You would reference this source in-text as you normally would by the author’s last name and date.
Your second choice is to refer to the lecture as personal communication. For an example, please see this resource on the Purdue OWL.
Please note: personal communication is only cited in-text and not within your
How do I cite lecture notes in my APA-style research paper?
The citation on the Reference page for the lecture notes would look like the following in APA:
Author. (year). In italics write the name or title of the lecture. Personal Collection of (the lecturer’s name), school or organization they teach for, city, state.
Berliner, A. (1959). Lecture on Reminiscences of Wundt and Leipsig.
Personal Collection of A. Berliner, University of Akron, Akron OH.
How do I cite a work of art, like Salvador Dali’s The Ecumenical Council, in APA?
There is no “official” APA citation style for paintings or other works of art, but the APA Style Blog recently addressed this question with the in a recent post. You can access that post by clicking here.
As they say, "There are no guidelines for paintings, sculptures, or more complicated installations (e.g., a chair, a photo of a chair, and a definition of “chair”). So let’s use the Franken reference concept to model a few ways to handle art in your reference list."
The basic format they suggest is below (using Wyeth’s painting Christina’s world as an example:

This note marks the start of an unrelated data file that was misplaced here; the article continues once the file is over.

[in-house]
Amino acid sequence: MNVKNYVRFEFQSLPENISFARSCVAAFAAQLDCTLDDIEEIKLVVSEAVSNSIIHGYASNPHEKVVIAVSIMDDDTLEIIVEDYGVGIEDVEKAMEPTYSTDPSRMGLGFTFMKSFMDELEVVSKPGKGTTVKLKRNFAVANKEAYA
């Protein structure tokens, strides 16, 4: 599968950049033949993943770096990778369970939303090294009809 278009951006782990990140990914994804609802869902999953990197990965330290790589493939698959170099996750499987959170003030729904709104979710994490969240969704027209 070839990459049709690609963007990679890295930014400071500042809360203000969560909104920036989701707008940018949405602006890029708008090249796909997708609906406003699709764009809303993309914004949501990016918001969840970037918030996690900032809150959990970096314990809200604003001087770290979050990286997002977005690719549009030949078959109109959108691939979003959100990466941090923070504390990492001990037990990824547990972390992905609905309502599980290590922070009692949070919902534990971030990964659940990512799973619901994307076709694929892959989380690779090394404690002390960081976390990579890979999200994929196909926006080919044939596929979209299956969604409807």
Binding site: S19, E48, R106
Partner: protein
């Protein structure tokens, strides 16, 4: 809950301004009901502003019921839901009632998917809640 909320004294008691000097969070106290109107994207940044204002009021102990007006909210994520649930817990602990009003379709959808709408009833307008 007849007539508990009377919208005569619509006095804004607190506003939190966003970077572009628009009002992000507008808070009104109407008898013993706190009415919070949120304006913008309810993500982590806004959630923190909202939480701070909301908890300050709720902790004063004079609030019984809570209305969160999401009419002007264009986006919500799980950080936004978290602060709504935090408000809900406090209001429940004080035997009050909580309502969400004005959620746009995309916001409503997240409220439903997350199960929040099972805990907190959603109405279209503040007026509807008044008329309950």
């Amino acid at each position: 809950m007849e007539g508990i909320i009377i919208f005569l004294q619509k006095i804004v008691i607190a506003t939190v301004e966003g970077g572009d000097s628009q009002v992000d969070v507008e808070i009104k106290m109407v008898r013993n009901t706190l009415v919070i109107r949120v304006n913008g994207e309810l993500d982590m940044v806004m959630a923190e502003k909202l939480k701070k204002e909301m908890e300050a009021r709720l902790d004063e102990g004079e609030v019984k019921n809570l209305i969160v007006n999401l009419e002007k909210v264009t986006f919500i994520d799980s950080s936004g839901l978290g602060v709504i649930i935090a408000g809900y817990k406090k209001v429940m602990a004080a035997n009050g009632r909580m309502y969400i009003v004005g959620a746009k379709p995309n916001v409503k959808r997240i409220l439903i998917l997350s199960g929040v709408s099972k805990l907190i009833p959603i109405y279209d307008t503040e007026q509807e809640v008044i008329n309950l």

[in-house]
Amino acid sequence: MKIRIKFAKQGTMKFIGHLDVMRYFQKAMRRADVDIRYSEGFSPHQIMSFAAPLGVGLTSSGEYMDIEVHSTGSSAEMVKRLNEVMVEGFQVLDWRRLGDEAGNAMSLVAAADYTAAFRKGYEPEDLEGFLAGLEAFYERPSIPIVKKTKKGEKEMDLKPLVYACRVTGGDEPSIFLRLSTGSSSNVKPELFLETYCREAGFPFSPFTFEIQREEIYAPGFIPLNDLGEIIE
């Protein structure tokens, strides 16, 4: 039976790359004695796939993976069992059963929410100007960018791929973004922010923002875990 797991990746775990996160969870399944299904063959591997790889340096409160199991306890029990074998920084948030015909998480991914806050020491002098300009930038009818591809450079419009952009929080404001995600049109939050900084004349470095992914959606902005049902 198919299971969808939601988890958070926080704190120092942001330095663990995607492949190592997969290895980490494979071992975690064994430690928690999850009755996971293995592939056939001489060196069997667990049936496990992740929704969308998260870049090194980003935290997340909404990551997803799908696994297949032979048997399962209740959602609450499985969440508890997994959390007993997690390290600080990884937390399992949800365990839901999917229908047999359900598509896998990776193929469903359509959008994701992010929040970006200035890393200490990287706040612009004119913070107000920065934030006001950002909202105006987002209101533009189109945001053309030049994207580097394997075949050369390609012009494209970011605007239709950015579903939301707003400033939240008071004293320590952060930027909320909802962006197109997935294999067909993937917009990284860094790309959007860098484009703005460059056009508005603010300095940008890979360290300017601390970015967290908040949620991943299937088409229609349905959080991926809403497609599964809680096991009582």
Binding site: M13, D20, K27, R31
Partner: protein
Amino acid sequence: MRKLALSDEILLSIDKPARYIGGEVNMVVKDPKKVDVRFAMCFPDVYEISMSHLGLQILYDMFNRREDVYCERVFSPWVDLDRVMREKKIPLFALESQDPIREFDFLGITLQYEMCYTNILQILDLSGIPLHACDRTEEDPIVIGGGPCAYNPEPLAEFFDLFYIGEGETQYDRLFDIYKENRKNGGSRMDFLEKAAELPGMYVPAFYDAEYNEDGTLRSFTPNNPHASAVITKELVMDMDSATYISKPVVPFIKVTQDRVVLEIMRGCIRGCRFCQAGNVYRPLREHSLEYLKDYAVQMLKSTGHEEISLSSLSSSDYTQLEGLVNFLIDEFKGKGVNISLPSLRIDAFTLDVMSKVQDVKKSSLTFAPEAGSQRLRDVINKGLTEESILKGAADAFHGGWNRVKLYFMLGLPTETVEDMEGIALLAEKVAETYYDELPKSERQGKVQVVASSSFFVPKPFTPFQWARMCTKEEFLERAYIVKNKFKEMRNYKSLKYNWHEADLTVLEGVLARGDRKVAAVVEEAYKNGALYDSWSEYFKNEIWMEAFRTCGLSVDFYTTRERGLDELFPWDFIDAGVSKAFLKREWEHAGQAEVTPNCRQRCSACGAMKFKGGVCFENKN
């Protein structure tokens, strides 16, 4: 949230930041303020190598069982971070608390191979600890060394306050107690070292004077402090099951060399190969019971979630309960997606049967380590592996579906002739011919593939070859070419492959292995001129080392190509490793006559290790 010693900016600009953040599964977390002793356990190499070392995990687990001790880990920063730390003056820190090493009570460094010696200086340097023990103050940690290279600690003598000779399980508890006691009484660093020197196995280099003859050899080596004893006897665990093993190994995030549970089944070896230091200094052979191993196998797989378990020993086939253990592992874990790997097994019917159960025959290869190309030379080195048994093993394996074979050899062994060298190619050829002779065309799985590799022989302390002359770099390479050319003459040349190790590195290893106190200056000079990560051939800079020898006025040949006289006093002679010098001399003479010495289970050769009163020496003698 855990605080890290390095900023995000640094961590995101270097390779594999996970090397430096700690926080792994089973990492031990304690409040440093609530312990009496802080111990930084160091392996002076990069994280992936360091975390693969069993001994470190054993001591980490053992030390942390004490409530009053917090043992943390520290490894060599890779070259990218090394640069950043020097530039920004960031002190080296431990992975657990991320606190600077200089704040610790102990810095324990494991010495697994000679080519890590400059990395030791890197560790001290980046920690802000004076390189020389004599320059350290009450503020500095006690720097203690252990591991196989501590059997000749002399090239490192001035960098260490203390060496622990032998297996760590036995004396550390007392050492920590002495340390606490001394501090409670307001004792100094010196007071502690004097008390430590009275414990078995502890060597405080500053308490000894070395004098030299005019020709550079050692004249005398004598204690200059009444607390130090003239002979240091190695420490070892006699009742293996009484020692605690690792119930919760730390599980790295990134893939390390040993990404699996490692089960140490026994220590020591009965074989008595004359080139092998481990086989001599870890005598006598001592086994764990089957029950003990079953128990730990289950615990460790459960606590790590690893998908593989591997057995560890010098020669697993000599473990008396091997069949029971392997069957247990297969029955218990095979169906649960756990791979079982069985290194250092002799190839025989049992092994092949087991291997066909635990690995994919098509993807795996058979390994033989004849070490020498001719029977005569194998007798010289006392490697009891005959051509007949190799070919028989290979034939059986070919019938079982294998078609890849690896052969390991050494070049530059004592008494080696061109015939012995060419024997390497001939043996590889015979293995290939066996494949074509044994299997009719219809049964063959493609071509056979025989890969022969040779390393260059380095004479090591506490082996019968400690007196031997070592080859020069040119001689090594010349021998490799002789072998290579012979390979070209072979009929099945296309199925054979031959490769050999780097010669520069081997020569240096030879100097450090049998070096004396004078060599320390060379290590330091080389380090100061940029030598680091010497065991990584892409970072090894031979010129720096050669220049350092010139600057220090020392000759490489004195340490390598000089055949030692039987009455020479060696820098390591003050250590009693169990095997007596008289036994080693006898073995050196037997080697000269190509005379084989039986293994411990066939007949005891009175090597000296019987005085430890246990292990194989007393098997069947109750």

Wyeth, A. (1948). Christina’s world [Painting]. Retrieved from
I created and administered my own survey for a project. How would I cite this survey in an APA-style paper?
Since a survey you conducted yourself is not published elsewhere by someone else, you do not cite it in the same way you cite other materials. Instead, in your paper you describe your survey and make it clear that the data you’re referring to is from the survey, usually by saying so in introductory sentences. In your paper, you should include a short overview of your survey method: whom the survey was administered to, how it was administered, how many responses you got, and what kind of questions you asked. You should include a copy of the survey instrument (the full set of questions asked) as an appendix to your paper. You do not need to include your survey in your works cited list.
How does one cite state bills in APA?
APA follows the guidelines for legal citations in the United States as outlined in The Bluebook®. You can access a version of The Bluebook by clicking here.
However, guidelines for references to legal materials can also be found on
pages 216-224 in the 6th of the Publication Manual of the APA.
The following sample reference to a statute in a state code and its
explanation can be found on page 220:
Mental Care and Treatment Act, 4 Kan. Stat. Ann.§§ 59-2901-2941 (1983 &
Explanation: This Kansas act can be found in codified version between sections 2901 and 2941 in Chapter 59 of volume 4 of the 1983 edition of Kansas Statutes Annotated. Two amendments to the act and additional references are provided in the 1992 supplement for the Kansas Statutes Annotated.